Thoughts on the orange bowl decision

August 27, 2007

To the University Community:

As has been said before, we have an extraordinary history and tradition at the Orange Bowl and that is why it is so disheartening that a decision to abandon our home could be made without further consultation of our student body. Although this may have been a carefully calculated decision months in the making, we the students have been left mostly in the dark during the decision-making process. The main source of information has been media and, if not for the press, our first word of this move would have come in an inadequate email message.

We have been told repeatedly that the university worked closely with the city of Miami in recent months, but we cannot help but wonder how closely the two have been “working.” If the two parties had been truly been working in conjunction in the past, perhaps city officials would have been more proactive as the Orange Bowl’s structure and amenities fell behind the times.

If the decision to move to Dolphin Stadium was made “reluctantly and painfully,” why was a news conference scheduled to announce the decision less than an hour after the executive committee began meeting to make that decision? When was the decision really made? Seemingly, long before last Tuesday morning. Some at The Hurricane considered it was all but a done deal last spring after President Donna E. Shalala visited the Student Government Senate and said she was still undecided.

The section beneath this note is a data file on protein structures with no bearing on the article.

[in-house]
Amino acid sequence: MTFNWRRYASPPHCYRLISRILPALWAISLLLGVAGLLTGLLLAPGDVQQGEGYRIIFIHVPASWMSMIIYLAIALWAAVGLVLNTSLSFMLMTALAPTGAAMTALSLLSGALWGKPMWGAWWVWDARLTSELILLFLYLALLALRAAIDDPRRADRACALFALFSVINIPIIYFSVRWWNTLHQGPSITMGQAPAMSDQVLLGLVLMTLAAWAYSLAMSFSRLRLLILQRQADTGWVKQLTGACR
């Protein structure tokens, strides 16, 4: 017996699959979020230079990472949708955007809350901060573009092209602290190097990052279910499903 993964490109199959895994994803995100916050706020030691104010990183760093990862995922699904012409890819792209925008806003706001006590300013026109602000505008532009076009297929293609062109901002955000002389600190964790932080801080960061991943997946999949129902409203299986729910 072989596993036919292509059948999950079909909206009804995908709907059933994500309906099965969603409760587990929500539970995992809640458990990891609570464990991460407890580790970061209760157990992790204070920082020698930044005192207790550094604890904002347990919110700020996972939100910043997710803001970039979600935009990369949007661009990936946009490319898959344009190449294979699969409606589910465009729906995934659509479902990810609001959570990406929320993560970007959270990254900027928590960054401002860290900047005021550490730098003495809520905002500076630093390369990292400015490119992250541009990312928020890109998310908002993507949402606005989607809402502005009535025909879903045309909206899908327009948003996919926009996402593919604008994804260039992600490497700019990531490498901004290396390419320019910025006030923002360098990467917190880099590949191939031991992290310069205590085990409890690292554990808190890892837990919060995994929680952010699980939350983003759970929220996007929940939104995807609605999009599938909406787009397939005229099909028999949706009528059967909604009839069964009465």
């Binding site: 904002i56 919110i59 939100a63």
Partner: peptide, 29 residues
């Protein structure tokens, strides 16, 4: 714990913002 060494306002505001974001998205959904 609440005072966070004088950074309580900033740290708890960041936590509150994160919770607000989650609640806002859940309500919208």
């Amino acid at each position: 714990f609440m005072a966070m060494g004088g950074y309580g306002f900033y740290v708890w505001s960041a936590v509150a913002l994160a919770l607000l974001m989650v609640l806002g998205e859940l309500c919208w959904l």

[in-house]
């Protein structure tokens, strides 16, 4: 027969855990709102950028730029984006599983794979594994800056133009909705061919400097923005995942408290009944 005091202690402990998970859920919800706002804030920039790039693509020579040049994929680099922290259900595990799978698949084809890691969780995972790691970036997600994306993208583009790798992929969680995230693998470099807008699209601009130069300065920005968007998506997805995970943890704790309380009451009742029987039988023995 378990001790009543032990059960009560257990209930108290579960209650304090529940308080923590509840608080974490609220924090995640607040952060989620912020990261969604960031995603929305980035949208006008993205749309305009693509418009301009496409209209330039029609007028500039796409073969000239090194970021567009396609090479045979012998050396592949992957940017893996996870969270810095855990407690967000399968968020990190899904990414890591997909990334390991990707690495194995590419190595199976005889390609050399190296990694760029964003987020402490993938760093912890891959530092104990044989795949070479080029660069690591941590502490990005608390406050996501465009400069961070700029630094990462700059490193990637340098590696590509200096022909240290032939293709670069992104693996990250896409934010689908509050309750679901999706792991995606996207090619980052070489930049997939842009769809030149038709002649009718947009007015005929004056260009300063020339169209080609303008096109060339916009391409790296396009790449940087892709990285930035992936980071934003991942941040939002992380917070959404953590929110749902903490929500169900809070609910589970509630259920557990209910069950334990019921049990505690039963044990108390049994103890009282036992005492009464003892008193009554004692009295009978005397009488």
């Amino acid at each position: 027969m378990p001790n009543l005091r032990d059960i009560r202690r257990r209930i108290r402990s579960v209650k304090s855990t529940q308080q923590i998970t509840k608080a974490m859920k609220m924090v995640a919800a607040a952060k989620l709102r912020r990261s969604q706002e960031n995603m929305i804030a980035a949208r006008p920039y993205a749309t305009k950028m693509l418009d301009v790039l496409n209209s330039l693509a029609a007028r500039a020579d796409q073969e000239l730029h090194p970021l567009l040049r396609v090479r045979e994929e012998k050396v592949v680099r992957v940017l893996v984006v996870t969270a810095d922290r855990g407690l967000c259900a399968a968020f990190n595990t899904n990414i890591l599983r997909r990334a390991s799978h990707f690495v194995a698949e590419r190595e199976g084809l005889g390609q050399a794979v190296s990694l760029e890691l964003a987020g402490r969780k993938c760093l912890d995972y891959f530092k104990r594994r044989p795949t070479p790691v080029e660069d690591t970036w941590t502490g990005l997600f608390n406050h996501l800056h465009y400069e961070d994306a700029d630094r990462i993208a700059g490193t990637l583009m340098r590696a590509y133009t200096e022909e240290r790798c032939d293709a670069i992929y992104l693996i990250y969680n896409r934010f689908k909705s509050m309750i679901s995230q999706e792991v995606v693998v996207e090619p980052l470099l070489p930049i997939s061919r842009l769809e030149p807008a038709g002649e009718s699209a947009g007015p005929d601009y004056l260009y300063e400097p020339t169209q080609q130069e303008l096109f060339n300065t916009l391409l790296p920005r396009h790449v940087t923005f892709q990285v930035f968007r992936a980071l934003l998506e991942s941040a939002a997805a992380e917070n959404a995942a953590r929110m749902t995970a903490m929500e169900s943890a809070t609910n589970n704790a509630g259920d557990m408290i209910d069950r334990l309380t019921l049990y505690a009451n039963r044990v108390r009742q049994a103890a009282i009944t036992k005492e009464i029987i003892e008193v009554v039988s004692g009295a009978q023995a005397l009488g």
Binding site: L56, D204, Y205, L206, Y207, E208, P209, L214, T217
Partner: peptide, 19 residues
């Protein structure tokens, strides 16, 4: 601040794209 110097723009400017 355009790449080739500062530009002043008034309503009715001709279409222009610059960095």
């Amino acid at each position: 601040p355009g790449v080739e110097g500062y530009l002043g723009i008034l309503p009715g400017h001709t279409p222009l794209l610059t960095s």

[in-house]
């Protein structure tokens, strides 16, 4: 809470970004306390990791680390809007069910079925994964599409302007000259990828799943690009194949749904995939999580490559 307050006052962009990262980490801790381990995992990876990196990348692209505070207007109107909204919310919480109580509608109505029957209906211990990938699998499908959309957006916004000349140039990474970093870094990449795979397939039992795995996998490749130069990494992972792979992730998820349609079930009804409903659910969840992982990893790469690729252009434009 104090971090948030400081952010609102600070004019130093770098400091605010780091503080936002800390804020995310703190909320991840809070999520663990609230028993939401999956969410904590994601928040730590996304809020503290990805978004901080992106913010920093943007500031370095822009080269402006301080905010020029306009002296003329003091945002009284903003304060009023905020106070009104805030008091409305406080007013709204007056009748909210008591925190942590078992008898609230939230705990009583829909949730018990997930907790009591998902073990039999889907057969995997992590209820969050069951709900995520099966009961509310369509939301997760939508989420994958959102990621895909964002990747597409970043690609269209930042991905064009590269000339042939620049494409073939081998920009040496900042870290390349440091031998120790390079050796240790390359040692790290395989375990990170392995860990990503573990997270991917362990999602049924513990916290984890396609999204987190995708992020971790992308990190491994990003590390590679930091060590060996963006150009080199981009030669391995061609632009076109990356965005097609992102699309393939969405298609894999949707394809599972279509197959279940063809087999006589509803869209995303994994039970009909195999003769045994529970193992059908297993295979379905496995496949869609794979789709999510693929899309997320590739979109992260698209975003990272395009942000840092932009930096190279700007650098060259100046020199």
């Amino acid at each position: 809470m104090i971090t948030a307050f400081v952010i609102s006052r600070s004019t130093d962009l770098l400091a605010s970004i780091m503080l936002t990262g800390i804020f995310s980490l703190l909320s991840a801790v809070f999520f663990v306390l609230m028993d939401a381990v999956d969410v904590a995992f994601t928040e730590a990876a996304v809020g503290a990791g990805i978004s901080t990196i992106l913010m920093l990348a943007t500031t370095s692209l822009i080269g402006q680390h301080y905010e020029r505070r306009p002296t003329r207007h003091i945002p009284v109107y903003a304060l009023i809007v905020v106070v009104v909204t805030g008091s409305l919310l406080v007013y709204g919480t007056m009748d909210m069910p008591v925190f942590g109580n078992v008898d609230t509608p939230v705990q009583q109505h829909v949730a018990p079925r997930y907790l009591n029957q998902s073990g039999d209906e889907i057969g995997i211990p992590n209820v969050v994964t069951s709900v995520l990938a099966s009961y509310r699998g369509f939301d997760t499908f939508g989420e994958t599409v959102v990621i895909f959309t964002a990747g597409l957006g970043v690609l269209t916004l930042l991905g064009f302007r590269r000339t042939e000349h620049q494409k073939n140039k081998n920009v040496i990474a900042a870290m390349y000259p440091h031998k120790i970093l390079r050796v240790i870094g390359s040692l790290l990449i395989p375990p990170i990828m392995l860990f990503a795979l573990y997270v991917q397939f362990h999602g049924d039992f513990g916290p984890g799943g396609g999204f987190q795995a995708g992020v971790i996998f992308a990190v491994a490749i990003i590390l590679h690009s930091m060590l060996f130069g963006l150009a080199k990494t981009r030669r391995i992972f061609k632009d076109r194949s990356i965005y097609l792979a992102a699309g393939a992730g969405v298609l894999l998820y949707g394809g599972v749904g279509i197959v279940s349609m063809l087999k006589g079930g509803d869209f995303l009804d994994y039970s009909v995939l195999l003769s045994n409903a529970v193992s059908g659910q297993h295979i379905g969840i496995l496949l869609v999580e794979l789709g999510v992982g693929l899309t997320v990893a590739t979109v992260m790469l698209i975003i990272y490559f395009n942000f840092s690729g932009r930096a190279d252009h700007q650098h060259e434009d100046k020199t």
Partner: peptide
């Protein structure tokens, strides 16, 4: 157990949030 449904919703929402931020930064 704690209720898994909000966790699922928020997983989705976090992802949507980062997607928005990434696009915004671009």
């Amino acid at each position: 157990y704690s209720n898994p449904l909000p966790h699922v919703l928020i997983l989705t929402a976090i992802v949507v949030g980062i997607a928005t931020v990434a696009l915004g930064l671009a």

Sure, Dolphin Stadium has first-class facilities. But tradition means more than just facilities.

As for the technological advantages, this isn’t about watching football on a huge screen. If that was our primary concern, we could just go to the Rat. Better yet, many of us could just stay home.

And what of the students who do have a voice? Though Student Government is limited in its power, we had hoped that that the members would have used their relationship with the administration to at least let them better know what students think. A “Save the Orange Bowl” petition online boasts more than 4,000 signatures. A UM-only Facebook group includes almost 600 students.

The decision that has been made directly affects students and, as such, a more collaborative process would have been appreciated. After all, the quality of a football game and a football season depends not on how comfortable the stadium seats are but on how comfortable the students and players are in that stadium.

Hurricane E. Board